DNA databases are highly protected resources, because they contain the most detailed fingerprint that can be used to identify a person — from genetic predisposition to cancer, to paternity tests, to criminal histories. But apparently RNA databases, derived from large genome studies, can also be used to pinpoint a person’s identity, according to a new study. These databases are published in journals and are publicly available, and contain genetic information from thousands of people around the world.
Given these findings, scientists could use RNA and other deep personal data to improve patients’ health and serve the greater good, the researchers argue. But it also raises some questions about genomic privacy.
The study, conducted at Mount Sinai School of Medicine in New York, turns the process of RNA detection inside out. Researchers Eric E. Schadt and Ke Hao figured out how to infer a person’s DNA using RNA data; most studies use DNA sequences and then determine how RNA relays that genetic information.
The researchers looked at levels of RNA, which works as a messenger carrying out DNA’s instructions, in samples of liver tissue that were collected in two separate studies. One study looked at samples from liver donors, and the other studied people who were undergoing gastric bypass surgery. The Mount Sinai team looked for markers called expression quantitative trait loci, or eQTLs, which are locations on the genome that regulate expression of certain proteins or RNAs. They used algorithms that matched these eQTL patterns to variations in DNA bases, extrapolating the DNA sequences. Schadt describes it as “hearing a symphony and deducing which instruments are in the orchestra, essentially unwinding the developmental process to trace tissue samples back to RNA and the gene that instructed it.”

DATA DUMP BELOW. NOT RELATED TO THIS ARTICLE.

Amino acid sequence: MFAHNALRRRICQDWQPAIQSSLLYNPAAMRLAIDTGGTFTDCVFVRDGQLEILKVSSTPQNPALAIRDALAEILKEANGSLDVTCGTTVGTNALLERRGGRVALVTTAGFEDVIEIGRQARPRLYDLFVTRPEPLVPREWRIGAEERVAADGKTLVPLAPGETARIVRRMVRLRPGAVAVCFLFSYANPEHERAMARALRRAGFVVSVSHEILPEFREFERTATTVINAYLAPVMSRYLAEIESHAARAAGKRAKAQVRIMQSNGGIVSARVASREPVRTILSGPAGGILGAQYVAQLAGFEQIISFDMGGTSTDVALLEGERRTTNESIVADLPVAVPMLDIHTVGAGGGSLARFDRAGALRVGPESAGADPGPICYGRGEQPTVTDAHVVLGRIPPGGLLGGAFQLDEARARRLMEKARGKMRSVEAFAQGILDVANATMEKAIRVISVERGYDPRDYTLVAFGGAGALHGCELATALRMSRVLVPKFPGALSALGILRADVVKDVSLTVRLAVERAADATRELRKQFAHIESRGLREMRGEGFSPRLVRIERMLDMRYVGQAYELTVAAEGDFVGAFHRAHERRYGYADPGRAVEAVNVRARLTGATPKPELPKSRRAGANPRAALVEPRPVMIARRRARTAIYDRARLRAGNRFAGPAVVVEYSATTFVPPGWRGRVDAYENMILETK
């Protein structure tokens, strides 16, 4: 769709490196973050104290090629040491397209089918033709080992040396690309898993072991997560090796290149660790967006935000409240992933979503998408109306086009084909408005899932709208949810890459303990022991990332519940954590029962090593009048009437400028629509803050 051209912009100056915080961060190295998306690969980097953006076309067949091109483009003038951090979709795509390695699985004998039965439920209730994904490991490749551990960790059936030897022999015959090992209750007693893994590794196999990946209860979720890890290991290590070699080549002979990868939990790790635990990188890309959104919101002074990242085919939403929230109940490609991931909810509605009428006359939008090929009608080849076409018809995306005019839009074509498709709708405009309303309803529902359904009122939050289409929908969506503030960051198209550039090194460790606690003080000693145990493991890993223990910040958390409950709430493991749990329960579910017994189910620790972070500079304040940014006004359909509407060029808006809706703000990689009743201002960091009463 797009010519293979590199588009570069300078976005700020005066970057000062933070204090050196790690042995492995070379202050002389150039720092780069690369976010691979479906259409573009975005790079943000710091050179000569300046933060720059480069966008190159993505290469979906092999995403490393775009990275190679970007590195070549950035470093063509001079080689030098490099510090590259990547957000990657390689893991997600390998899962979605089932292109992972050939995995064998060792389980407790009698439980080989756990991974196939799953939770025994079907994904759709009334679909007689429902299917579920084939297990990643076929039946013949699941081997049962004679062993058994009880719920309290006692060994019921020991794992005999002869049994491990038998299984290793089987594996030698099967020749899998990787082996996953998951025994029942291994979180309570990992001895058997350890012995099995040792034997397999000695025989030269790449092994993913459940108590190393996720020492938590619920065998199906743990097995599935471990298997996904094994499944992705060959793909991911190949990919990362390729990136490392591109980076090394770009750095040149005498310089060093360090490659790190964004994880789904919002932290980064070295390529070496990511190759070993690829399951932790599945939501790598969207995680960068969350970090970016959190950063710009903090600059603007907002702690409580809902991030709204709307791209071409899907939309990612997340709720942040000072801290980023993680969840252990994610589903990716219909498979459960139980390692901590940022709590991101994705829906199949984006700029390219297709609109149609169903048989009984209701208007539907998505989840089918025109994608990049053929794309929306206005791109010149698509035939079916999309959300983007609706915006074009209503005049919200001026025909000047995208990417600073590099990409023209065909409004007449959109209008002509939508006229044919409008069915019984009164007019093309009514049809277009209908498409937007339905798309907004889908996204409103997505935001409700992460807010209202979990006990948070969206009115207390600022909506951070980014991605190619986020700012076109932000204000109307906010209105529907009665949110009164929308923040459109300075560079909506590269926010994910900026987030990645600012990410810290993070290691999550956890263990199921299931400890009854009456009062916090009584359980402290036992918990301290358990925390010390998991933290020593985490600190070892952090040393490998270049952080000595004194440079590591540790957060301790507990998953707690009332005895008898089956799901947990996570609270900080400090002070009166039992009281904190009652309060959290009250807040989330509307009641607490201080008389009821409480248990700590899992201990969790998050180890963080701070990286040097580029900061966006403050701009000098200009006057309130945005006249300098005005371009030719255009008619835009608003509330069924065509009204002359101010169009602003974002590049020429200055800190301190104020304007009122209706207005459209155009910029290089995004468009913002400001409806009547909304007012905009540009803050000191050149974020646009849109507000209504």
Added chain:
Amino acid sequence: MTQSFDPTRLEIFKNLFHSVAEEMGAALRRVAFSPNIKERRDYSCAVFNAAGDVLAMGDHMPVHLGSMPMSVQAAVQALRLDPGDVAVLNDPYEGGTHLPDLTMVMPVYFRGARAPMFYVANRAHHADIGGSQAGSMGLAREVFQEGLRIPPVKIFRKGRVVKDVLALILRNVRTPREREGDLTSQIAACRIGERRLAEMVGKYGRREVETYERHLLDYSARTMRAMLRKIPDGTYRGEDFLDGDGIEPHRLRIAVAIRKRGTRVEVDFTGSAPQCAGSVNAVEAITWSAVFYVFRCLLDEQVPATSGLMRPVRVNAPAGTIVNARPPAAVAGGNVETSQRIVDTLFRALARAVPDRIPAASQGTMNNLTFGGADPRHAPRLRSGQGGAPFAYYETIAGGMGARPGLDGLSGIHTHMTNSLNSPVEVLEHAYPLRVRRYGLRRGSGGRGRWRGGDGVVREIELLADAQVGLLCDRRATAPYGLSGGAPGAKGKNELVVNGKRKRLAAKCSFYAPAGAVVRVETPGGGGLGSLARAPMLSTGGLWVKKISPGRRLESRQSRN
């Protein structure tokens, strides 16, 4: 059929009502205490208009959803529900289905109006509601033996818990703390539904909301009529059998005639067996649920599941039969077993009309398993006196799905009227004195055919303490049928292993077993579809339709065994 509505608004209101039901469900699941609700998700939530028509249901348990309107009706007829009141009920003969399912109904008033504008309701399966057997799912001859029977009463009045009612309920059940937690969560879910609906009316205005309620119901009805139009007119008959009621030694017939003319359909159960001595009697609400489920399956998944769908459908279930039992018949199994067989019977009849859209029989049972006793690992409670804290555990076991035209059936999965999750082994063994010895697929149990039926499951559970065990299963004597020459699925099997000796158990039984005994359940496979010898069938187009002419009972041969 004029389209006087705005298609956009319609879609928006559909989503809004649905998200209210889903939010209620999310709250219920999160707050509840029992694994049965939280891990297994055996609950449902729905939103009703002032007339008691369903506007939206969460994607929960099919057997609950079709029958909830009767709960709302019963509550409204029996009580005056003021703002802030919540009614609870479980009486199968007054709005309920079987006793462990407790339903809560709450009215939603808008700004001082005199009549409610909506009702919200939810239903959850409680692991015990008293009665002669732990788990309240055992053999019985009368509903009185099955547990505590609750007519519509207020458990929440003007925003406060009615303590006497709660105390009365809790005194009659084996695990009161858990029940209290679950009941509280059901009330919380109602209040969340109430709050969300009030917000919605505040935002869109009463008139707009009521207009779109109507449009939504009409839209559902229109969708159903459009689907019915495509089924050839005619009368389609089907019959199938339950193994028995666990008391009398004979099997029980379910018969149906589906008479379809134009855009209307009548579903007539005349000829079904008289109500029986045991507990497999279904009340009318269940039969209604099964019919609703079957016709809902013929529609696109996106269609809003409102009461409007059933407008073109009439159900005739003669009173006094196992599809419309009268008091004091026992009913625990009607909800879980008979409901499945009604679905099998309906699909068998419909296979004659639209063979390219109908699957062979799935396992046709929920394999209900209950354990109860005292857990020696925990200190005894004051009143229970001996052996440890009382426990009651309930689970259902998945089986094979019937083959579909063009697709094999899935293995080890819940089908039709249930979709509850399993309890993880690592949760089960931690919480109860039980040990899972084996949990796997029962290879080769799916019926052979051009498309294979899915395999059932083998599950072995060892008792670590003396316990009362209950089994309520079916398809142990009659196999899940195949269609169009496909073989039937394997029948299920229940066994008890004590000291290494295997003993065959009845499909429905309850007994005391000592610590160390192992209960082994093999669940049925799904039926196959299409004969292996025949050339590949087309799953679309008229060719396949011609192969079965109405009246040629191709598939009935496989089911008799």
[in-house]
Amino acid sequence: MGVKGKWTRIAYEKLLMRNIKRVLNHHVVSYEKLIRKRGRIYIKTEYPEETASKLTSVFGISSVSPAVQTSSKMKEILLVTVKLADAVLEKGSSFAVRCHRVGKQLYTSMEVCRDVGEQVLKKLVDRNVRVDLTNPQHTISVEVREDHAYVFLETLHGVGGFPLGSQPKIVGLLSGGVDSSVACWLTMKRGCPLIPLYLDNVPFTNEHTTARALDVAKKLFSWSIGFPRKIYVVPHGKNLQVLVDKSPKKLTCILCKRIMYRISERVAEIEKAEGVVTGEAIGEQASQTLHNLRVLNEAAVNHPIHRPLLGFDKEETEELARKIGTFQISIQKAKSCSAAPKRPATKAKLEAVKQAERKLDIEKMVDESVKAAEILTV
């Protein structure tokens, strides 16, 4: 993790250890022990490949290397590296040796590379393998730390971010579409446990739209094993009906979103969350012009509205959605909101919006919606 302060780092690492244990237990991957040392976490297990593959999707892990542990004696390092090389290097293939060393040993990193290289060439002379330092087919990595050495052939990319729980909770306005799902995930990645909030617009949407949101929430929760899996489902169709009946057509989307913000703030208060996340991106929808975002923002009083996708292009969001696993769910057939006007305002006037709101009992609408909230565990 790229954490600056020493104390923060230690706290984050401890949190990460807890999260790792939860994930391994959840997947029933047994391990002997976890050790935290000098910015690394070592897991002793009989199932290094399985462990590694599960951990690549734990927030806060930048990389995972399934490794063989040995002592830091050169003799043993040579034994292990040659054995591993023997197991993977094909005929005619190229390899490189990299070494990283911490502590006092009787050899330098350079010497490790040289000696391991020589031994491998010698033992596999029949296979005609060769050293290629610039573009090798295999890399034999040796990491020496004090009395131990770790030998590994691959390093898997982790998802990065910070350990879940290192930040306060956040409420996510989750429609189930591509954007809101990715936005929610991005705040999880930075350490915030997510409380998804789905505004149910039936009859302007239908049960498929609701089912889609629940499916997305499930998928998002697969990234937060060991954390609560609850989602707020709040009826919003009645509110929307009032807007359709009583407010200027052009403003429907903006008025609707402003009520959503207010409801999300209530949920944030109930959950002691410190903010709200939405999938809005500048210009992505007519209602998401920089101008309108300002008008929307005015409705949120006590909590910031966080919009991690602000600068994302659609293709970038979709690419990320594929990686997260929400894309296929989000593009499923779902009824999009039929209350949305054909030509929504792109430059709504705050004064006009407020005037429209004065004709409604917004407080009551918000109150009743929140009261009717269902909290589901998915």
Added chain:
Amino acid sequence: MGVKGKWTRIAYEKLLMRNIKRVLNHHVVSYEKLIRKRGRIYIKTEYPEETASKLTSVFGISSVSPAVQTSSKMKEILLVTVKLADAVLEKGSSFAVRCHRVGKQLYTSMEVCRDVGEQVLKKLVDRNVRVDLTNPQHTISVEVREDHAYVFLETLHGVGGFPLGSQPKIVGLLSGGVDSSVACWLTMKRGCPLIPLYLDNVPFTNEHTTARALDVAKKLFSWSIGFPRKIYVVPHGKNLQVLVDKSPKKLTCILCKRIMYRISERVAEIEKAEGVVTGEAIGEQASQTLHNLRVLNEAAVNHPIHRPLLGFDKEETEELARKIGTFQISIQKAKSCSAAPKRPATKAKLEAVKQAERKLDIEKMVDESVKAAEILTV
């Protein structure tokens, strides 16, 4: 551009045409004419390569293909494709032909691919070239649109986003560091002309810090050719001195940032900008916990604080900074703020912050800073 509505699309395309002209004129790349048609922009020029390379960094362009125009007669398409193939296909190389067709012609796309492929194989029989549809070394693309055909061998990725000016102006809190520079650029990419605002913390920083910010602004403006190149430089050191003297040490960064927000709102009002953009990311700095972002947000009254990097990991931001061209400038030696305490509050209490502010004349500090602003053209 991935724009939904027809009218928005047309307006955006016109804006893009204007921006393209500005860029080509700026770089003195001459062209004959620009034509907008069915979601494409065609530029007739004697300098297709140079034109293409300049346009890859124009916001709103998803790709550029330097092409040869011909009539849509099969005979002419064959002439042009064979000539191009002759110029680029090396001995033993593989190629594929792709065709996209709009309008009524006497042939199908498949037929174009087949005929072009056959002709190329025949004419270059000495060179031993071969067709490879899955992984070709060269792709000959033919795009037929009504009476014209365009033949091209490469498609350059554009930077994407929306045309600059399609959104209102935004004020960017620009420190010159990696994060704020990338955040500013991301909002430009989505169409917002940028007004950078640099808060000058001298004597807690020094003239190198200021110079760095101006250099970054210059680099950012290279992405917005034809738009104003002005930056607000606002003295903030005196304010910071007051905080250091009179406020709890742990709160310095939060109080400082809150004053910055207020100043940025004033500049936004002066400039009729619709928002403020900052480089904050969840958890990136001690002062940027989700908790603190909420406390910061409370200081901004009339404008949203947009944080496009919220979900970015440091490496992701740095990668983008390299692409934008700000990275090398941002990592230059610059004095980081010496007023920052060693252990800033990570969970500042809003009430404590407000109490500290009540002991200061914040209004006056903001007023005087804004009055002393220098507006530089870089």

With this DNA inference, you could theoretically use RNA levels to match an individual to an independently obtained DNA sample — like scanning a barcode to see if two items match.
“DNA collected at a crime scene could be genotyped and then searched against the barcodes derived from the gene expression studies represented, say, in the GEO database, enabling investigators to potentially link unknown individuals at the crime scene to individuals who participated in a particular study,” the researchers write.
This finding rings some alarm bells about privacy — if you have stomach-shrinking surgery, and you’ve never donated DNA to a crime database, should the authorities really be able to track you down via your medical history? What about obtaining warrants for this information, when it’s technically already in the public domain? In a Mount Sinai news release, Schadt hints that the age of medical privacy may be drawing to a close.
“Rather than developing ways to further protect an individual’s privacy given the ability to collect mountains of information on him or her, we would be better served by a society that accepts the fact that new types of high-dimensional data reflect deeply on who we are,” he said. “We need to accept the reality that it is difficult—if not impossible—to shield personal information from others. It is akin to trying to protect privacy regarding appearances, for example, in a public place.”
The research appears in the online edition of Nature Genetics.